English Country Tune [$4.99] is a game that's hard to describe. It's a puzzle game, one loosely based off the original block-pushing mechanics of the long-standing Sokoban. Its puzzles arrange themselves in complicated 3D designs, except that sometimes they're two-dimensional. The goal is to free certain blocks from a prison of others, or maybe it's to put all the balls in their holes, or perhaps it's to paint every free tile in a level. That changes. Sometimes it's hard, other times it's easy, and not necessarily in a linear order.
Here's what I can say with some certainty. Increpare's English Country Tune has made the transition from desktop to mobile boldly and without compromise. It's a game that will stump even the most experienced puzzle gamer at times, and it's absolutely inflexible about easing you past those difficult points. It's not a game for the easily stymied, but it will do an outstanding job of challenging puzzle experts.
It begins simply enough. You control a flat panel that can flip itself over and over on the surfaces of blocks. You control the panel with swipes in all directions. You must push a ball, the Larva, into a particular space. Not so bad, right?
Then you learn that the Larva is effected by gravity, and that gravity is determined by the position from which you push it. Knock it down from above and you might send it flying down, but hit it from the side and it may move along that plane with you. Then the Larva levels twist themselves into knots, leaving you to follow along with your understanding of the mechanic as things go completely off the rails.
Completing one section will branch off a new path. This one teaches you about Whales. Whales need to be free, and can be pushed off the level. But you can only push them by running into beams of light that shine from each of their sides, so you often have to find a way to run parallel. Then the Whales also find themselves brought into three dimensions and things get kind of weird from there.
And so it goes. Each time you may think you have a handle on a mechanic, you're introduced to a new one. You'll paint blocks, then learn you have to do so in 3D. You'll find yourself punching holes in your panel to squeeze past obstacles. Occasionally things will get extremely strange, pushing the boundaries of every bit of game design you've seen so far.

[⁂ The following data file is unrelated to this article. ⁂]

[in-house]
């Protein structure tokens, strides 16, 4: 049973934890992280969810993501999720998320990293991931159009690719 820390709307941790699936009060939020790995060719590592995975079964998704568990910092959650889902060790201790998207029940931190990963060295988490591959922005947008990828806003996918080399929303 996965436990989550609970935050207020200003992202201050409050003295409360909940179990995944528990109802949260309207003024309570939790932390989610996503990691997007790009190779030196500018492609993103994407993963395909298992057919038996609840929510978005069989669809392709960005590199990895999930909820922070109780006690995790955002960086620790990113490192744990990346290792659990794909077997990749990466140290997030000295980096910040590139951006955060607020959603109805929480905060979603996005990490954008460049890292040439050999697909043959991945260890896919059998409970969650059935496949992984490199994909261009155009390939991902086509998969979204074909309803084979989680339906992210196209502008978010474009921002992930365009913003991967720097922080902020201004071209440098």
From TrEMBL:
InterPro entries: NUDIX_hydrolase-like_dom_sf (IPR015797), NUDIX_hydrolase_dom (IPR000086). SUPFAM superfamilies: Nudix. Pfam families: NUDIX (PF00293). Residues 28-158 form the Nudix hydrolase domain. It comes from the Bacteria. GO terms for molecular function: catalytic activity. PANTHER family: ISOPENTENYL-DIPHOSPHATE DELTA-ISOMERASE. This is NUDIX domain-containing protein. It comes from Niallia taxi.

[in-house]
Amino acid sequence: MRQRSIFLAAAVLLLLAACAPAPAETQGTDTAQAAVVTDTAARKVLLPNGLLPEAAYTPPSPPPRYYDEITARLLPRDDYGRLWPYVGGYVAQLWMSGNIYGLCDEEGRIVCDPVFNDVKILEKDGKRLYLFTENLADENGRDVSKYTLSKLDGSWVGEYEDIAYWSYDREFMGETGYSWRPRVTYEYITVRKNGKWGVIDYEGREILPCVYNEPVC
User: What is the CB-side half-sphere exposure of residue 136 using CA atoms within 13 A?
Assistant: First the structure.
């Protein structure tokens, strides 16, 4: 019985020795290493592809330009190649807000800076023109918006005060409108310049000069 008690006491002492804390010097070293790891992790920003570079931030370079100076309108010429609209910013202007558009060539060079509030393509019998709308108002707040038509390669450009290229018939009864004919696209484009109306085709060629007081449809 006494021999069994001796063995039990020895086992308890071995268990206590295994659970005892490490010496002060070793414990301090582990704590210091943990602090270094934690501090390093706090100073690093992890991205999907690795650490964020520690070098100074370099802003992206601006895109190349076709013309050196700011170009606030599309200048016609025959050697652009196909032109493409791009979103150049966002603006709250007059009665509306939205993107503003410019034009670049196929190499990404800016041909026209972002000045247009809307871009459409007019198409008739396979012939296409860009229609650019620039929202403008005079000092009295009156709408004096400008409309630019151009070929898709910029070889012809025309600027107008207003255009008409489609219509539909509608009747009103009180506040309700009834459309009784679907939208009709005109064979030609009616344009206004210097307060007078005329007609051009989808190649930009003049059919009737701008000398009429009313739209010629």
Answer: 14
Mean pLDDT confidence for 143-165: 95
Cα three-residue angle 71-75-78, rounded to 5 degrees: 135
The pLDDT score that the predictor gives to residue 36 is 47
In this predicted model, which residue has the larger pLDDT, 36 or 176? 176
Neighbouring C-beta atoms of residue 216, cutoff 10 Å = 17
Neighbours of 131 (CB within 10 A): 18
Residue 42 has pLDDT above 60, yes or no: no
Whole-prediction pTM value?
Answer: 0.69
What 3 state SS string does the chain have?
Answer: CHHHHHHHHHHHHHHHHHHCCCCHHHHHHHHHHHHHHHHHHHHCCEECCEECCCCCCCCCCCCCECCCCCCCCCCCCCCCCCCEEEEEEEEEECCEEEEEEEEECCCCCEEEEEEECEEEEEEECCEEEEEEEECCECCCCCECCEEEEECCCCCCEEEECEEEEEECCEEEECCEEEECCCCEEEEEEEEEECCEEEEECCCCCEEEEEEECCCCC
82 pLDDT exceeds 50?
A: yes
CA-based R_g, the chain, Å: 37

Throughout this process, you're lead level by level through a series of branching paths that sometimes come to a sudden end and sometimes pull back in on themselves. This may leave you with punishingly challenging choke points and no way past but through. There is no level skip, no walkthroughs, no assistance. But on the brighter side, there are no timers, no move limits, no one watching you and tracking your performance. You can play and experiment, try everything you can think of to find your way through. It's refreshing to be so unconstrained.
Less refreshing is English Country Tune's camera. It is essentially uncontrollable, following along behind you as you go. You can use two fingers to pan around, but it snaps back into position immediately. This occasionally leaves you with no way to see your panel, or whatever you're trying to interact with.
This is the unfortunate kind of frustration, the kind that can't be alleviated with perseverance and eventually success -- you can't succeed over an occasionally uncooperative camera. It's bad enough that I was left in a particularly challenging level staring at the bottom of the construction while I moved around on top. When the camera finally moved, it did so dizzyingly. While this sort of thing occurred rarely, it was crippling on those occasions.
On a related note, another quibble: in a game where levels can be long and extremely complex, positioning the reset button immediately adjacent to the undo button is cruel.
Otherwise, English Country Tune is rare treat: a puzzle game filled with variety, but trusting in its players enough to get out of their way. The visuals and music are subtly stylistic -- the game looks and sounds fantastic, but not so striking as to distract. The interface is uncluttered. Nothing judges your performance, but no one will help you either. This is puzzling at its purest, and it's sure to challenge anyone willing to step up.
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